Elsewhere in the comments, the Reverend Sharpton is identified as a “buffoon.” Do you consider that a professional or personal descriptor? Would you reasonably say that the Reverend Sharpton has succeeded “professionally” (at whatever exactly it is that he has done and does)? And if he is a buffoon, think about how much more “successful” he could be were he not a buffoon.

        To end, how about Donald Trump and chef Gordon Ramsey? Certainly successful in their fields. And certainly among the the most compassionate and congenial humans who have ever existed, as evidenced by their behavior, which I gather is what draws millions to their respective television programs.

        1. At the end of all that, Filippo–your point is what, exactly? You still don’t seem to have made much of one regarding the separation of an artist’s professional output from his conduct in the personal realm.

          And since I wasn’t acquainted with Brown on a personal level–nor, presumably, were you–his professional output is all that interests me here. As it does with most other creators and artisits whose works I take an interest in.

  3. Back in the late 70s, I had a friend who was telling me how he saw a Springsteen concert where Bruce got all exhausted and couldn’t go on, and they put a cape over his shoulders and started to walk him off the stage, but Bruce just couldn’t let his fans down like that, so he mustered up the energy from somewhere, threw off the cape, and played another 45 mintes, plus encores. My friend bought into it completely. I had to break his heart by telling him that not only was it a bit, but it was James Brown’s bit.

    James Brown: one of the great performers.

    Al Sharpton: one of the great buffoons.

  4. I hate him – well, his music (if you can call it music). Personally I can do without tonsils, guts, and sweat spilled all over the stage. Fortunately for him, not everyone feels the way I do.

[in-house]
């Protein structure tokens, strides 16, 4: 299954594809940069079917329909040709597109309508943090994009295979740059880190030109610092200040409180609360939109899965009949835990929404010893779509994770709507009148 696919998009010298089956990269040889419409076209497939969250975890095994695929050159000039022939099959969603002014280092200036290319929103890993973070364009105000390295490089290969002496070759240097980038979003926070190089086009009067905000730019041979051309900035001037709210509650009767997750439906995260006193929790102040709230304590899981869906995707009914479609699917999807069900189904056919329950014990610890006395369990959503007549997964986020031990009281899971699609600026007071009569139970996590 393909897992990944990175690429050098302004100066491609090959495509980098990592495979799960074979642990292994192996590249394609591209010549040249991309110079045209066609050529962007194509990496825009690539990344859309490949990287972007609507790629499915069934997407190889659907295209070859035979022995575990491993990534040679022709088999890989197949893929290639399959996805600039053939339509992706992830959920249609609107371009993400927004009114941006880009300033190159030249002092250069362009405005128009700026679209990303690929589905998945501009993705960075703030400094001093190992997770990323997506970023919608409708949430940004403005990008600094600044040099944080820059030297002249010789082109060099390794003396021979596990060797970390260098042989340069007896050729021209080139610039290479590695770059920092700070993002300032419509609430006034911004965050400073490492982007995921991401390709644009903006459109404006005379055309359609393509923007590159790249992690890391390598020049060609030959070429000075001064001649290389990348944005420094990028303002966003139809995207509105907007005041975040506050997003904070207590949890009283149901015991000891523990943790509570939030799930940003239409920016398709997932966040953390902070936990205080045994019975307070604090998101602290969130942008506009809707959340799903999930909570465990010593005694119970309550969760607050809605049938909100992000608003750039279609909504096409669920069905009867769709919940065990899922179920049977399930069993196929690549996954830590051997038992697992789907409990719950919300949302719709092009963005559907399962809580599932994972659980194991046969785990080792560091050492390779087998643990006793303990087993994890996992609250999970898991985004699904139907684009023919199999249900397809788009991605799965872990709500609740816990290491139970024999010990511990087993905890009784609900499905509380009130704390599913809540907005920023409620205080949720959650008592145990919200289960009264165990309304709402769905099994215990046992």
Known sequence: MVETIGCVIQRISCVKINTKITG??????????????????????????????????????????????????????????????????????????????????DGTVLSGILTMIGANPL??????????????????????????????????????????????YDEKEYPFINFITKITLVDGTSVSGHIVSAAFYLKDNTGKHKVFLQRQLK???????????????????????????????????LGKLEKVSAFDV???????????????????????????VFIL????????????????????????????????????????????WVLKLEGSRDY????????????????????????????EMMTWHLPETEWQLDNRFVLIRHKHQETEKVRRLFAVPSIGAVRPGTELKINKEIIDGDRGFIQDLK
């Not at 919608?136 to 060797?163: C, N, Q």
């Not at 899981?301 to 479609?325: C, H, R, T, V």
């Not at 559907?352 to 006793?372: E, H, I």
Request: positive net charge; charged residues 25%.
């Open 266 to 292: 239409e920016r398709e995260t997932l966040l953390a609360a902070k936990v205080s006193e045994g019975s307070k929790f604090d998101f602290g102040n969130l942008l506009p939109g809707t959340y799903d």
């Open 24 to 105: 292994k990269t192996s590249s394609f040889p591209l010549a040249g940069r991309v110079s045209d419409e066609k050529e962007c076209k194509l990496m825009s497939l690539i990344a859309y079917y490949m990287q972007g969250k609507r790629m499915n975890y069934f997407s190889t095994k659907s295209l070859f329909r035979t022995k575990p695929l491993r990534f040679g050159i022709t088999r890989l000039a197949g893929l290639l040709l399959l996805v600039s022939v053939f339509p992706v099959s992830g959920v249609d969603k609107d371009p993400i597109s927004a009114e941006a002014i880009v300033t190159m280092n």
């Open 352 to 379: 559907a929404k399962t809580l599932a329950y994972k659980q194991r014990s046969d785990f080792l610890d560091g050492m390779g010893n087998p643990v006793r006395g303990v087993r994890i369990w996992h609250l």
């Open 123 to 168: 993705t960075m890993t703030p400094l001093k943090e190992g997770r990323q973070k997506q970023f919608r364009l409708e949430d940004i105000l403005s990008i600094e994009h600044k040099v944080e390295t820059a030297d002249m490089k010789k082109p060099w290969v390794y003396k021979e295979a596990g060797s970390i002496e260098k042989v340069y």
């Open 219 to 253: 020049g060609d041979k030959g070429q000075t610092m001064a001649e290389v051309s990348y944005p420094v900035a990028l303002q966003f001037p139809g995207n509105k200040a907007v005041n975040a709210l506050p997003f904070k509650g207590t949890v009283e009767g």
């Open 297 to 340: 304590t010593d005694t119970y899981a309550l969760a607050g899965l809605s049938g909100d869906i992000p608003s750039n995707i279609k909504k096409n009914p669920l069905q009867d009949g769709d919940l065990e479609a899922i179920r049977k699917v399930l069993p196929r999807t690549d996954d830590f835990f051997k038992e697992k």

5. What James Brown rarely gets credit for, is his cover of Cowboy Jeb and his Tumblin’ Rootie-Tootie’s toe tappin’ song: “Father Has Purchased a Distinctive Satchel.” Kudos to Jebediah.

  6. You can see Michael Jackson, Tina Turner, Mick Jagger , etc. stagecraft in his work.

    Interesting how his upper body doesn’t move while his feet are goin’ 100 mph – a la Fred Astaire.

  7. I listened to a story about T.A.M.I. show and rented the video based, in part, on this supposedly remarkable James Brown performance. I was singularly unimpressed. The Supremes, on the other hand…my god, that countenance.

    1. Wow! The TAMI show. First date I ever had – I must have been 14 – we went to that as a matinee (it wasn’t my first choice, but whatever that was, her mother informed me that it wasn’t approved by the Catholic Decency League). The only thing I remember about the show was JB, and I wasn’t impressed either.

  8. Not a fan of JB’s patented vaudvillean stage-bit showmanship (nor Sharpton’s).

    As for the music, though, yes, please. Let’s hear it for the band.

    1. Hear, hear (for the band). I miss the days of larger ensemble sax & brass (in an R&B context). There are too few passing the torch there (pretty much for economic reasons). A couple of exceptions:

      Christ West, and Afroskull. (track down their albums “Jazzmanic” and “To Obscurity and Beyond”, respectively).

  9. Amazing….James Brown and Pavarotti! Sharpton…..boring and uninteresting. Great choices Jerry

  10. I got to see JB live in 1985. He was showing his age by then, but still managed to do the splits and pop back up—once! I remember the band being incredibly tight, and they seemed to be able follow him perfectly, vamping if he wanted to talk to the audience, and then hitting a chord hard on the merest signal from him.

    He had a way of being incredibly hip and incredibly square at the same time, in his rather dated-looking tuxedo, using the theme song from the TV show “Entertainment Tonight,” of all things, as an interlude between his timeless hits. It was definitely one of my favorite concerts of all time.

    He was a huge influence on people like George Clinton, who in turn helped to spawn rap, which spread to the farthest corners of the world. Looked at that way, James Brown has a credible claim to being the most influential musician of all time.

    And yes, his personal life was evidently a mess at times. It’ll be interesting to see what this biography makes of it.